Are Pornography Users More Likely to Experience a Romantic Breakup? Evidence from Longitudinal Data
- 1.1k Downloads
Previous research suggests that pornography use, under certain circumstances, may negatively influence the quality of romantic relationships. Yet we still know relatively little about whether watching pornography is associated with the stability of romantic relationships later on. This study examined whether Americans who use pornography, either at all or more frequently, are more prone to report experiencing a romantic breakup over time. Longitudinal data were taken from the 2006 and 2012 waves of the nationally representative Portraits of American Life Study (N = 969). Binary logistic regression analyses demonstrated that Americans who viewed pornography at all in 2006 were nearly twice as likely as those who never viewed pornography to report experiencing a romantic breakup by 2012, even after controlling for relevant factors such as 2006 relationship status and other sociodemographic correlates. This association was considerably stronger for men than for women and for unmarried Americans than for married Americans. Analyses also showed a linear relationship between how frequently Americans viewed pornography in 2006 and their odds of experiencing a breakup by 2012. The findings affirm that earlier pornography use is associated with lower stability within Americans’ romantic relationships, especially for men and the unmarried. Data limitations and implications for future research are discussed.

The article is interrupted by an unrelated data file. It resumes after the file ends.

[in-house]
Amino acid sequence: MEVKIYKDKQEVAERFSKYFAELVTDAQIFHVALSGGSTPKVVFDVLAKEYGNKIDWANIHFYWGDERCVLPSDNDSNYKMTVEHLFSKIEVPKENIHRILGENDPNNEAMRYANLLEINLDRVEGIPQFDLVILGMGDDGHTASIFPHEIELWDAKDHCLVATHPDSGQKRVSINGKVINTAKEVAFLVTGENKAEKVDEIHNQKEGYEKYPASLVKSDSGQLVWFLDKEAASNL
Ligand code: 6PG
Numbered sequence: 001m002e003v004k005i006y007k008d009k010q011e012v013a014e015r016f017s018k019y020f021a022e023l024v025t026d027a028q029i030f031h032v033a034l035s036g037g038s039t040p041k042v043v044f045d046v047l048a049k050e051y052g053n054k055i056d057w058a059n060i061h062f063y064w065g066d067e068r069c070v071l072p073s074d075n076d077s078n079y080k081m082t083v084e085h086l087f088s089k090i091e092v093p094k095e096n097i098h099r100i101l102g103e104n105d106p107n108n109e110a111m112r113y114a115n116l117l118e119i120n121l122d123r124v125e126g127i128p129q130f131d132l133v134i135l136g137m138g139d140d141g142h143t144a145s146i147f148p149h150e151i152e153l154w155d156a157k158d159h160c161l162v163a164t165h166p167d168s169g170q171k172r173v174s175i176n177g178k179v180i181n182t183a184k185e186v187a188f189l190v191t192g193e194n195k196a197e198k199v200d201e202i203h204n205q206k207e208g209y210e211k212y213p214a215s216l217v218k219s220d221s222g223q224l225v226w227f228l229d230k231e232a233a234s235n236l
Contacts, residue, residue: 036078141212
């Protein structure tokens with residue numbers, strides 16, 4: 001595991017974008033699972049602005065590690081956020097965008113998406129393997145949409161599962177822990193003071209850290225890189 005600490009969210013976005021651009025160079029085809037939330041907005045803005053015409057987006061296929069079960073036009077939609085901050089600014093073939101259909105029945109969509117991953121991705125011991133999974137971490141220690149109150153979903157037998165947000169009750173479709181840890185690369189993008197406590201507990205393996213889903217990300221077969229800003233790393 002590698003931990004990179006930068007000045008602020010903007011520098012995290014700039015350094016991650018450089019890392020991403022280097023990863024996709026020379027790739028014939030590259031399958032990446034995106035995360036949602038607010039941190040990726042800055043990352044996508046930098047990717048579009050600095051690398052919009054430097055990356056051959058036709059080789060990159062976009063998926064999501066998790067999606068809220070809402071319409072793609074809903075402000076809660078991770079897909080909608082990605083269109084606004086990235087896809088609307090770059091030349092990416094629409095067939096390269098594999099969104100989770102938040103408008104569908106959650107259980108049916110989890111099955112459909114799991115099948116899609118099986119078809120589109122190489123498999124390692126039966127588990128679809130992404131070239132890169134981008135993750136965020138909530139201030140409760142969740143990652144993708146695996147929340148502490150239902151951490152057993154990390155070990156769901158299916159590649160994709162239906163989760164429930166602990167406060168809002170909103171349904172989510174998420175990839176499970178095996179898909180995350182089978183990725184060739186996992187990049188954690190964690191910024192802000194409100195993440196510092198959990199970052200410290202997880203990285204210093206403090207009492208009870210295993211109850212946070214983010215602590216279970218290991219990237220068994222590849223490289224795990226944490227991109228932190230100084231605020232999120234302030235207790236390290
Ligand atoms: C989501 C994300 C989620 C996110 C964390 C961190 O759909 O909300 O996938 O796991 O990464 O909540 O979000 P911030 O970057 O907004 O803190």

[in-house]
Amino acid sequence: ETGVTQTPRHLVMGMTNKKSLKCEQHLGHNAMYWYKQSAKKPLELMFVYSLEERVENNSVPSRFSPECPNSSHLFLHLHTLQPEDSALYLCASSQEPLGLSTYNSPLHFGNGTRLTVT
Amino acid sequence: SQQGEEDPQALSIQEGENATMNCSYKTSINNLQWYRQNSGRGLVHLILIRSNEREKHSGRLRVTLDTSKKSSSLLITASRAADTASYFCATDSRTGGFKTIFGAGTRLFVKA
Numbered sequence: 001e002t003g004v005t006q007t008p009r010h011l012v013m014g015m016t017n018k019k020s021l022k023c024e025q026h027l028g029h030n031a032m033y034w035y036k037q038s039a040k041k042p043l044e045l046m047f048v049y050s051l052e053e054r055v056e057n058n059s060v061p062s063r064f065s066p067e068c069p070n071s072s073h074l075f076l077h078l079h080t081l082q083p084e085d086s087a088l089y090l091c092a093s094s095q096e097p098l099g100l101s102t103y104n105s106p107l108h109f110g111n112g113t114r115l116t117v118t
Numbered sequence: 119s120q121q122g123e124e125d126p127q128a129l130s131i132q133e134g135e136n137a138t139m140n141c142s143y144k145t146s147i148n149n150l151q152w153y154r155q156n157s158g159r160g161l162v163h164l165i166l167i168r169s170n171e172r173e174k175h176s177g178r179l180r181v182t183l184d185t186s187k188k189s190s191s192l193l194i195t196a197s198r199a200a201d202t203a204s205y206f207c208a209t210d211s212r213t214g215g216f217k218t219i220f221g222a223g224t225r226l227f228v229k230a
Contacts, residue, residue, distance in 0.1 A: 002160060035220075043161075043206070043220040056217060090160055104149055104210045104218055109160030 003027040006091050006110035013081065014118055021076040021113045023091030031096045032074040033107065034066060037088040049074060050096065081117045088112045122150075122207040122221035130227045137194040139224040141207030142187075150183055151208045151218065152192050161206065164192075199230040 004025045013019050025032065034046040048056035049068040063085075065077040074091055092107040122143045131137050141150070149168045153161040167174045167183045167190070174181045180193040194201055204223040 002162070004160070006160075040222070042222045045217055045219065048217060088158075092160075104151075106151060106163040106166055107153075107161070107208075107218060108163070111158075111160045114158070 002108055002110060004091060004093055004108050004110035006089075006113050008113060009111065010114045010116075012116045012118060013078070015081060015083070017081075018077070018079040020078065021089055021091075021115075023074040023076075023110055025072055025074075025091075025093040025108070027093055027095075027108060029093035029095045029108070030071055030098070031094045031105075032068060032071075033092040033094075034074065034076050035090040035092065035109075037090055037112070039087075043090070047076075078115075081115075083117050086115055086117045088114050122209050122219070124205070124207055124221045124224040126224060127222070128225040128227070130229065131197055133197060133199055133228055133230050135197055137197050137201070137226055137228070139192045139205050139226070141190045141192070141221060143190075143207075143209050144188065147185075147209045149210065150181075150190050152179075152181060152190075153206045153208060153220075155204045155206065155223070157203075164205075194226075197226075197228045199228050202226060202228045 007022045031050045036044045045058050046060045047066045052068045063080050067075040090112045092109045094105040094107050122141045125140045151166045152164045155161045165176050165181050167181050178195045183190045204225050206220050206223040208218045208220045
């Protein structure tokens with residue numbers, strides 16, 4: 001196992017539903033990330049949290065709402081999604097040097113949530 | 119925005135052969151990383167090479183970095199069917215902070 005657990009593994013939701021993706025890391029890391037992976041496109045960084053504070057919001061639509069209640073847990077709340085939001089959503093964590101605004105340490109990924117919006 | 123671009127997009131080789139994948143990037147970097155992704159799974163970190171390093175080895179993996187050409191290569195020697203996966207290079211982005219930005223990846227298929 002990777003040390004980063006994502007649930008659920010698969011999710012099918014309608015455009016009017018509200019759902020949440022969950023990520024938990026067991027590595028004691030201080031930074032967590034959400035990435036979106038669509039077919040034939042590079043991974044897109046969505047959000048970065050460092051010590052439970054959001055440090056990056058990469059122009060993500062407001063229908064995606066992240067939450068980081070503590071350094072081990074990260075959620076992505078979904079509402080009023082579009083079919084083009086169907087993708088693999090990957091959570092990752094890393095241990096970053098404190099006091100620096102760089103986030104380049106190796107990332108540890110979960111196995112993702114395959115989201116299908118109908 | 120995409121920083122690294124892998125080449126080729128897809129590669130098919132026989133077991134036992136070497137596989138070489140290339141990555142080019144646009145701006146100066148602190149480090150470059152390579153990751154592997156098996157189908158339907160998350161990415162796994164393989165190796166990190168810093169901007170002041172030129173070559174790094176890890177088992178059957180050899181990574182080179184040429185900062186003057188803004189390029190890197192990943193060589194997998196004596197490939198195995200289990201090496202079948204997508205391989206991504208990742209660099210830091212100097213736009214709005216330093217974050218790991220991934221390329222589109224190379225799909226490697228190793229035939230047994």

KeywordsPornography Romantic relationships Marriage Breakup
Compliance with Ethical Standards
Conflict of interest
Authors declare that they have no conflicts of interests.
This article does not contain any studies with human participants or animals performed by any of the authors.
- Bridges, A. J., Bergner, R. M., & Hesson-McInnis, M. (2003). Romantic partner’s use of pornography: Its significance for women. Journal of Sex and Marital Therapy, 29, 1–14.Google Scholar
- Daines, R. M., & Shumway, T. (2011). Pornography and divorce. In 7th Annual Conference on Empirical Legal Studies Paper. Available at SSRN: http://papers.ssrn.com/sol3/papers.cfm?abstract_id=2112435.
- Emerson, M. O., & Sikkink, D. (2006–2012). Portraits of American Life Study, 2006–2012.Google Scholar
- Gagnon, J. H., & Simon, W. (1973). Sexual conduct: The social sources of human sexuality. Chicago: Aldine.Google Scholar
- Muusses, L. D., Kerkhof, P., & Finkenauer, C. (2015). Internet pornography and relationship quality: A longitudinal study of within and between partner effects of adjustment, sexual satisfaction and sexually explicit internet material among newly weds. Computers in Human Behavior, 45, 77–84.CrossRefGoogle Scholar
- Paul, P. (2005). Pornified: How pornography is transforming our lives, our relationships, and our families. New York: Times Books.Google Scholar
- Perry, S. L. (2015a). Pornography consumption as a threat to religious socialization. Sociology of Religion, 76, 436–458.Google Scholar
- Perry, S. L., & Hayward, G. M. (2017). Seeing is (not) believing: How viewing pornography shapes the religious lives of young Americans. Social Forces, 95, 1757–1788.Google Scholar
- Regnerus, M. D. (2017). Cheap sex and the transformation of men, marriage, and monogamy. New York: Oxford University Press.Google Scholar